Oxford Real Farming Conference: seeking common ground

The new year started as the old one left, with incessant rain and rising floods – a reminder of how vulnerable our profession is in a changing climate. The spirits needed lifting through the fellowship of others. The Oxford Real Farming Conference provides that affirmation we all need of being on the right path, together with the challenge of alternative views and the inspiration of fellow travellers…

Bigger than ever, with over 150 sessions and 400 speakers spread over multiple venues in a corner of Oxford, the choice could have been overwhelming. Fortunately, the recording of sessions means that ORFC 2024 can keep giving through allowing us to catch up on and watch those sessions we couldn’t attend. In this blog I pick out some of the highlights that shine a light on farmers and growers that are transitioning to more sustainable and resilient farming systems.

Livestock in the Landscape: Optimal Carrying Capacity of Land for Livestock

This session, organised by Agricology, and chaired by Matt Smee, featured Lindsay Whistance with Simon Fairlie and Richard Gantlett. It presented ideas and approaches that look to reframe the case for livestock in the landscape. It didn’t shy away from asking difficult questions.

Lindsay Whistance stated her concerns as to how livestock is represented in the narrative around climate change, and how we can look at animals in a different light. Human population is the elephant in the room, and needs to be talked about in a constructive manner. Current farming practices are contributing to a third of global GHG emissions and animals play a large part in that. There is compelling evidence that animal production, as currently practiced, is unsustainable. Lindsay argued that the three major actors in the current food system – humans, domestic animals and ecosystems – are unequally balanced. Perhaps it is time to re-balance the relationship away from humans, allowing domestic animals and ecosystems to play more of a part? She emphasised that livestock play a crucial role in functioning ecosystems, improving fertility, managing weeds and making room for other species to live and thrive, with associated biodiversity benefits. Under-grazing can be as damaging to ecology and landscape as over-grazing. With no apex predators, population control of species needs to be managed. She concluded: “There is a place for human food – animal-derived productsbut this (meat, dairy etc) should come as a consequence of planetary health and ecosystem health, first and foremost.”

Simon Fairlie highlighted the role that livestock play in global agriculture in recycling ‘food waste’ and how that has been disrupted by health and disease scares and regulations. Even though grain fed to livestock has a high impact environmentally, it can also be necessary as there needs to be a feed buffer to ensure that there is enough to feed people in a poor year. “Animals are a necessary part of an agricultural system” said Simon, “when there are too many of them, we might as well eat them, and certainly we need to milk them.”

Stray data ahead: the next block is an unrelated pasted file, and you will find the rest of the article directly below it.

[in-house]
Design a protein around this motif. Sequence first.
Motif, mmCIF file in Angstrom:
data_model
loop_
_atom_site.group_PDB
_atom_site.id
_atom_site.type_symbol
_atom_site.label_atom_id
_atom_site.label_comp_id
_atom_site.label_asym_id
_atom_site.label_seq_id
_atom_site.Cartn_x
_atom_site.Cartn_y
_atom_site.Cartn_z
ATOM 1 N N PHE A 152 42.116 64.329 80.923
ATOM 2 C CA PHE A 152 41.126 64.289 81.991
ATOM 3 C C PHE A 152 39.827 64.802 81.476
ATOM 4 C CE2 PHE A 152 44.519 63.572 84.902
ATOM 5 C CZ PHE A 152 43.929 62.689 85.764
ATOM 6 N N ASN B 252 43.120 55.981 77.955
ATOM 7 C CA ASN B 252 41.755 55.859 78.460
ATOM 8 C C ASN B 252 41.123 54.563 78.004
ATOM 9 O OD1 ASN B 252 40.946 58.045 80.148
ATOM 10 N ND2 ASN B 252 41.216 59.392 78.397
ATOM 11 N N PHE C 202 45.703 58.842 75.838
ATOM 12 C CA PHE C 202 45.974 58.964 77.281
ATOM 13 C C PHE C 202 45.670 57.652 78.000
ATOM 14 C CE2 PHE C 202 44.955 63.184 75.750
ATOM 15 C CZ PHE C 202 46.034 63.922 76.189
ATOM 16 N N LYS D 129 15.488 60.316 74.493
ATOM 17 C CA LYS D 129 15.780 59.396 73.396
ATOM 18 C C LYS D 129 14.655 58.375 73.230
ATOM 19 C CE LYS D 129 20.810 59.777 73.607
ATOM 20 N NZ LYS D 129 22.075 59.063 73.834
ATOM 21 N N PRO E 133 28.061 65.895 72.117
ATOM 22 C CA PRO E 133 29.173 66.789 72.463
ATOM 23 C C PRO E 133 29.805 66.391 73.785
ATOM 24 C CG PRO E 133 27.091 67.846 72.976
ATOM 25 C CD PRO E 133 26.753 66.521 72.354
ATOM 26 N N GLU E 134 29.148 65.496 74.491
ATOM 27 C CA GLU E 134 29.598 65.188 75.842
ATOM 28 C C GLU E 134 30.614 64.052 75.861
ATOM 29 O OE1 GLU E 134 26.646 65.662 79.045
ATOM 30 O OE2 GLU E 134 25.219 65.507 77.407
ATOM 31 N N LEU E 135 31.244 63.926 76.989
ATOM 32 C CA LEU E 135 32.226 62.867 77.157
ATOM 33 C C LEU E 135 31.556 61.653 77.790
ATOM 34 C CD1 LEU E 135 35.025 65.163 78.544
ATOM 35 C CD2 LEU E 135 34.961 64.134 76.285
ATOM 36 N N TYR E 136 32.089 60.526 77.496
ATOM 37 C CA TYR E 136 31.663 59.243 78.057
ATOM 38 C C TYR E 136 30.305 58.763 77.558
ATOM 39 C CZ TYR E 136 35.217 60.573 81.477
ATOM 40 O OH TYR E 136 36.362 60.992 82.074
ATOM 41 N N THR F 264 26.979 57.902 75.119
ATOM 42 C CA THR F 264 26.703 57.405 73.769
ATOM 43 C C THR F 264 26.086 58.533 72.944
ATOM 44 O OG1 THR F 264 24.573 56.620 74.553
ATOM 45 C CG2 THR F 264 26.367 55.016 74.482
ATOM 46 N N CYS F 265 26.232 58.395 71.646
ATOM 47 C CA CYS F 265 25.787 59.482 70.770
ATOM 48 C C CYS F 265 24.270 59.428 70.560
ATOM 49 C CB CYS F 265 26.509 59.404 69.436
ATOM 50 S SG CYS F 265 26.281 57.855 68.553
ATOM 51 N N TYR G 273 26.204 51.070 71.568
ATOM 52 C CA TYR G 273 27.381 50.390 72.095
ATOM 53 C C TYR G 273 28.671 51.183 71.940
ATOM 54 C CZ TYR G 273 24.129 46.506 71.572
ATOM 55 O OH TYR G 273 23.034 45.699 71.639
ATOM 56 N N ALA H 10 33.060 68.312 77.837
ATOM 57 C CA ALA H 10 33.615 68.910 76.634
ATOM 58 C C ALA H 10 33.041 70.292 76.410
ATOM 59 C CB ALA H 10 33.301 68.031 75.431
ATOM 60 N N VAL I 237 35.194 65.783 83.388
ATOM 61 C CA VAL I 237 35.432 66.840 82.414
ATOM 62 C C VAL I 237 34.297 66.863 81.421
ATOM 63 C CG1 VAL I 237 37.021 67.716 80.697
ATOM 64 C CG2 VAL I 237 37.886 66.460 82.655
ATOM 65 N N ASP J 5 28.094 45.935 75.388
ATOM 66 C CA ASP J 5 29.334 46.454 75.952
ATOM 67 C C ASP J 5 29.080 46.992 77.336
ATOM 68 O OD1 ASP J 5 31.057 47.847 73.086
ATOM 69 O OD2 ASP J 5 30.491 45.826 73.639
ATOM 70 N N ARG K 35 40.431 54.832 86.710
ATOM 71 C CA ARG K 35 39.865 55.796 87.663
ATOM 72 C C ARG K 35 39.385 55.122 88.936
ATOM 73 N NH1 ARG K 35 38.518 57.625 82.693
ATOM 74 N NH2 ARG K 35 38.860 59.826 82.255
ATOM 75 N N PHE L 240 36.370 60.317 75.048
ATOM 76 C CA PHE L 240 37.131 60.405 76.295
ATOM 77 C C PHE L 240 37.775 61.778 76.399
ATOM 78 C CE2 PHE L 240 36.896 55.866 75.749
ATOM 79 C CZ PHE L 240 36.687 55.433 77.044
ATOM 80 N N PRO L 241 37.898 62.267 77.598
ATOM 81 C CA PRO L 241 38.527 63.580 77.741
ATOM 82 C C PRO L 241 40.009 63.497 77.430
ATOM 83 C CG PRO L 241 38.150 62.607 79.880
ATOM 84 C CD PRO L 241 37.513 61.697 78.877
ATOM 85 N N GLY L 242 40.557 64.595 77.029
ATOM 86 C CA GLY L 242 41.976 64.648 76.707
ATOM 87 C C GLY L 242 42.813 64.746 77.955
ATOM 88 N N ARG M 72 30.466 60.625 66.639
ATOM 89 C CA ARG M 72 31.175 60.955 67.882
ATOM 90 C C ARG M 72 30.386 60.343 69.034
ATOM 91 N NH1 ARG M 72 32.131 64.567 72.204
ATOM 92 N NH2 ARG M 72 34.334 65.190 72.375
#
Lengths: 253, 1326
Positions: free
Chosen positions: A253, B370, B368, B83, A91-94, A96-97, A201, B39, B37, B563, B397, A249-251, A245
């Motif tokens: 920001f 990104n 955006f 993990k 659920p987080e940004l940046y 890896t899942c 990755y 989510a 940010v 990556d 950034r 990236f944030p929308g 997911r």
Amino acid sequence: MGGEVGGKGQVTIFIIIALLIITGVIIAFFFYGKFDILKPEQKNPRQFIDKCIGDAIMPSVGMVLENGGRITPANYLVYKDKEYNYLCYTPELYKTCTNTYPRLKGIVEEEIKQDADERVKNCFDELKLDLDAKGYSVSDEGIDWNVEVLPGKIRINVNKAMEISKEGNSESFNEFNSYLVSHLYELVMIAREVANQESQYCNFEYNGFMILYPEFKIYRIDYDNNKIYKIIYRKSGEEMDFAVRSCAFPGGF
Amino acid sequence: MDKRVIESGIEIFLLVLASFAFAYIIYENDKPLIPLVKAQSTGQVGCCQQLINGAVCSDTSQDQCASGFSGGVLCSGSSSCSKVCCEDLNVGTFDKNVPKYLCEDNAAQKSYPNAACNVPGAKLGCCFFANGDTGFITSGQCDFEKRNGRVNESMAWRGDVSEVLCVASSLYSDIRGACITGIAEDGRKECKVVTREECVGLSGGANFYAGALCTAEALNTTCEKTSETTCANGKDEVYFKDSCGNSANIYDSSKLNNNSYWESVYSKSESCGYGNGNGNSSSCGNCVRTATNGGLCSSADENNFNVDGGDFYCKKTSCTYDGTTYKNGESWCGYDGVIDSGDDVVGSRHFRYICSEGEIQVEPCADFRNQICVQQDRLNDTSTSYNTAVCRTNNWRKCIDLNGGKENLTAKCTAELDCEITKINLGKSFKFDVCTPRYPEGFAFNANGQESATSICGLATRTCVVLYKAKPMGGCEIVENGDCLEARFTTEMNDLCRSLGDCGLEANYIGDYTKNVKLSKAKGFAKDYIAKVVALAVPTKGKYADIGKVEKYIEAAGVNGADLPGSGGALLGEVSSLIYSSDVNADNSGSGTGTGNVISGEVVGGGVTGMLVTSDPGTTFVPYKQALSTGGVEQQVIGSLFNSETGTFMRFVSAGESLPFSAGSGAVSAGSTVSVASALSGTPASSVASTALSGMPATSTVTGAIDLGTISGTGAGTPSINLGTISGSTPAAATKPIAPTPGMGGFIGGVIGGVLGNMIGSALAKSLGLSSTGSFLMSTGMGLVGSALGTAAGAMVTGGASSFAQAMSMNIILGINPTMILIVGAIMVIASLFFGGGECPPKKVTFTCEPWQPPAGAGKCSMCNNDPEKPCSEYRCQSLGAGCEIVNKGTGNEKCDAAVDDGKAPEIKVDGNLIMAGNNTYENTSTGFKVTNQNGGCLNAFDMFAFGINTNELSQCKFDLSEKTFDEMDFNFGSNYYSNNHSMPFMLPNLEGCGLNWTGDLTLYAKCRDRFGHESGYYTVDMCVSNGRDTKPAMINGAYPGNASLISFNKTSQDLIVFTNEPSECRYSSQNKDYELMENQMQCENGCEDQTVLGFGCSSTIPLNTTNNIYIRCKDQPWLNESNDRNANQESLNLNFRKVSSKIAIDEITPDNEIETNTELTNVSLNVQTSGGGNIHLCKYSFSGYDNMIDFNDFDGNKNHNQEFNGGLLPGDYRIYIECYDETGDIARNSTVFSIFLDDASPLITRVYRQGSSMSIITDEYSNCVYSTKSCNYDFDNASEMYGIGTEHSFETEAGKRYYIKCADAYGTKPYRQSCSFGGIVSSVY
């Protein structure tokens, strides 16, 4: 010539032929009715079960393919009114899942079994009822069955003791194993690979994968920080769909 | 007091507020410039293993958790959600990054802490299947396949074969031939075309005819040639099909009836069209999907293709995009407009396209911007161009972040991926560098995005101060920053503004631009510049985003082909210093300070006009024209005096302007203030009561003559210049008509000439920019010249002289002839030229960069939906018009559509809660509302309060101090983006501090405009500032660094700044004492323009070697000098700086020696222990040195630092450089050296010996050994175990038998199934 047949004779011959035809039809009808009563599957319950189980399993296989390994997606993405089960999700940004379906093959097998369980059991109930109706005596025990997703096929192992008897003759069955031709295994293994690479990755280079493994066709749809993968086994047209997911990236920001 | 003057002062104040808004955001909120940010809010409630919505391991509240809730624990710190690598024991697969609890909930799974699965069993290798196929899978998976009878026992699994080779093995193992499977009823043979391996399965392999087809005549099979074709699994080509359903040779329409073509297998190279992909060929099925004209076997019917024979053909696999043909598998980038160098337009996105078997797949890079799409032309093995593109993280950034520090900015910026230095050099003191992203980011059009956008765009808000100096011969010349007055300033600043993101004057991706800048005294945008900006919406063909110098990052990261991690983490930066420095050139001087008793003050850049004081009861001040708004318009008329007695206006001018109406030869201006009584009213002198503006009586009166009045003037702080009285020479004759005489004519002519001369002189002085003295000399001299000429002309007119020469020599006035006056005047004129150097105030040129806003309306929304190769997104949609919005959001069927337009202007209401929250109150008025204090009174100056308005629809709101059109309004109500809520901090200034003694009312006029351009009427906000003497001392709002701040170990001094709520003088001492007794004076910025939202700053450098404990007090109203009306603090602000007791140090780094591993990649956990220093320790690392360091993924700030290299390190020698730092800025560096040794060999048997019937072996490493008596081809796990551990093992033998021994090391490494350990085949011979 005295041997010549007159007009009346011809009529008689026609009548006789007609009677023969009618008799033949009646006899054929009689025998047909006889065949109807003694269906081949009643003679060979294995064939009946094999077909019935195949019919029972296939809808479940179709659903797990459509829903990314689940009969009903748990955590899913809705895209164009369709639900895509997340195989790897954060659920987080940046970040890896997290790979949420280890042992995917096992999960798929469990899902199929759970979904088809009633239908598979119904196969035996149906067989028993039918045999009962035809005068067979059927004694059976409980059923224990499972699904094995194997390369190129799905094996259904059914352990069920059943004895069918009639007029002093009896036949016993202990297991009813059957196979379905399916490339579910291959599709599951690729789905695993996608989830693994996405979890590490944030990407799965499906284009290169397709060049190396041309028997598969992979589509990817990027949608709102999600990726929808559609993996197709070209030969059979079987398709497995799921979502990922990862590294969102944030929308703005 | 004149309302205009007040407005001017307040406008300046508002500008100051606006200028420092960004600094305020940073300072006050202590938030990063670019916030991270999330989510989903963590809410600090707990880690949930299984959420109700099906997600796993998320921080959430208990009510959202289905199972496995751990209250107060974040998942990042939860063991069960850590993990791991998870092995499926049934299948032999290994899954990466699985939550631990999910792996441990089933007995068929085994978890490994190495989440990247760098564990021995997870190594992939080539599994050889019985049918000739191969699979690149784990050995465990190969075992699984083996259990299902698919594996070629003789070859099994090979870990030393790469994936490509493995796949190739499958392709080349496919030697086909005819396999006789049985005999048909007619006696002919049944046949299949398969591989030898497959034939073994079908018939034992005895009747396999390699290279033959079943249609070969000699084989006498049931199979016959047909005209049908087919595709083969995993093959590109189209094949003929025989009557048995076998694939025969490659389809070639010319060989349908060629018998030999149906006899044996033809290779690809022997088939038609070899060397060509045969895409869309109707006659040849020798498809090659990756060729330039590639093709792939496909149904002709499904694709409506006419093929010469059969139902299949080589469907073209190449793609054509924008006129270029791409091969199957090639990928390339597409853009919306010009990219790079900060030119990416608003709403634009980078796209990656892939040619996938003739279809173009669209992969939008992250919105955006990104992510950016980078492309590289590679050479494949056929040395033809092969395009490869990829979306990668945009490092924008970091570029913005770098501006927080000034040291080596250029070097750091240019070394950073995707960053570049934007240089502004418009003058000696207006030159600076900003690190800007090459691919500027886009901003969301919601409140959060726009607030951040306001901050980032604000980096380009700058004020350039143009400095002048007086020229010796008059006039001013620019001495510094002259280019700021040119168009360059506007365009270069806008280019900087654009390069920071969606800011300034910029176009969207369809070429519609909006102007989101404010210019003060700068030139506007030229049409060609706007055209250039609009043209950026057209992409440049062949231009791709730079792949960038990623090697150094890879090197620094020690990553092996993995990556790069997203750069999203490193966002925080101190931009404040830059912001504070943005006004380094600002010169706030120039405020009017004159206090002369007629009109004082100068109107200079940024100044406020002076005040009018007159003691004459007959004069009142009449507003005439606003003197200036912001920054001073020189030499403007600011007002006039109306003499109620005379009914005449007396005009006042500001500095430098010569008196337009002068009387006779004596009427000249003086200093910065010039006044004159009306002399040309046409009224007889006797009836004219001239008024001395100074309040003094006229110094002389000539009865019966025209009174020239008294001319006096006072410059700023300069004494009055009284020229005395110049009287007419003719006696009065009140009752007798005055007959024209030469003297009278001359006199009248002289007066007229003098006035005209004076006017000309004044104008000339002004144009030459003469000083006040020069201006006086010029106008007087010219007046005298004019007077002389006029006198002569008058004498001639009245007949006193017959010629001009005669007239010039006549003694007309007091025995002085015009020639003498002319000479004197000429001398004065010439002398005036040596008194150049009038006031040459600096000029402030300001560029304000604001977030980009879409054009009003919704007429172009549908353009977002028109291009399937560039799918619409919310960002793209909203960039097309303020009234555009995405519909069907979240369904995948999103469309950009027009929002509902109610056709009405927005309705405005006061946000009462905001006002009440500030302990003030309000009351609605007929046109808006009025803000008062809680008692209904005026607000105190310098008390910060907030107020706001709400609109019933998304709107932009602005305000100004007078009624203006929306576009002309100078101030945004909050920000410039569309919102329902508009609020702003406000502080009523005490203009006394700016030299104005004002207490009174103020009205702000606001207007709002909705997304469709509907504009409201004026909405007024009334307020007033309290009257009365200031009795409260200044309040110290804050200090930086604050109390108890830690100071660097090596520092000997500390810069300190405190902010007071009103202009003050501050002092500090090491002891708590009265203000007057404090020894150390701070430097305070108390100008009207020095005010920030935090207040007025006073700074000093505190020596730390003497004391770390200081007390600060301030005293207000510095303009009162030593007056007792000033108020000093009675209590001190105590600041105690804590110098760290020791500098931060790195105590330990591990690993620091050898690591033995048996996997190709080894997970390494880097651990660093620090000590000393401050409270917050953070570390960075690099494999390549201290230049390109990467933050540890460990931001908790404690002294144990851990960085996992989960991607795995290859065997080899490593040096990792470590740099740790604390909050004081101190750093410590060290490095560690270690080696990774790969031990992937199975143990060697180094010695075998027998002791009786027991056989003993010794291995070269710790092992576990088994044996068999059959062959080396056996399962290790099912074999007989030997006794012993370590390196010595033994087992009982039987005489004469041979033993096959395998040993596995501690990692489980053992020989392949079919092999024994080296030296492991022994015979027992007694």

Organic and biodynamic farmer Richard Gantlett‘s Yatesbury House Farm in Wiltshire is storing 10x more carbon than it is emitting. He explained how their livestock fit into the landscape. They use a system of rotational grazing which allows the herd instinct to manifest itself – grazing / browsing / drinking together. Cattle are moved to fresh pastures (diverse leys) before the grazed plants re-grow – every 5-6 days in spring, 1 month in autumn. They are changing the way they rotationally graze the cattle by fencing in the crops, not the cattle, developing a forest farm approach that allows the cattle to roam in the woods, accessing shelter and diverse nutrition through browsing. “We need to respect and revere our cattle. We aim to respect all life on our farm. It’s not the type of food that is important, it’s the system that the food has been grown in.” Richard’s final words were: “If we could listen more to nature – plants and animals, fungi and insects – how would nature tell us to farm? If we could talk to cows? What would the world be like if we were all consciously on nature’s team? Wouldn’t farming be much easier?

Look out for a series of podcasts from Agricology on the topic of optimal carrying capacity of land for livestock that will lead on from these discussions. They will delve more into the nitty gritty of how farmers can work out what their optimal carrying capacity is and the various balancing acts that need to go on i.e. preserving or maintaining biodiversity versus needing to balance the books versus optimal conditions for maintaining maximum animal health.

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Perennial Veg: Promise and Propagation

Perennial vegetables are “totally on the map now” said Mandy Barber, and her business ‘Incredible Vegetables’ has indeed taken off. Moving the nursery to Guy Singh-Watson’s Baddaford Farm, in Devon, three years ago was ‘a game-changer.’ There has also been real interest from market gardeners wanting to introduce perennial vegetable crops to annual cropping systems. But, there are issues of how to integrate perennials into farming systems, how to get the plant material, and how to persuade people to eat them. As Guy Singh-Watson remarked in an entertaining talk that occasionally strayed onto the subject, “I don’t want to run another artisan niche food business, I want to feed people at affordable prices and that means that everything has to be mechanised as far as possible in an economy where we only pay 1.6% of GDP to our farmers.” It was great to hear about work to scale-up perennial production through micro-propagation, and the challenges of doing so within the organic regulations. That too could be a ‘game-changer.’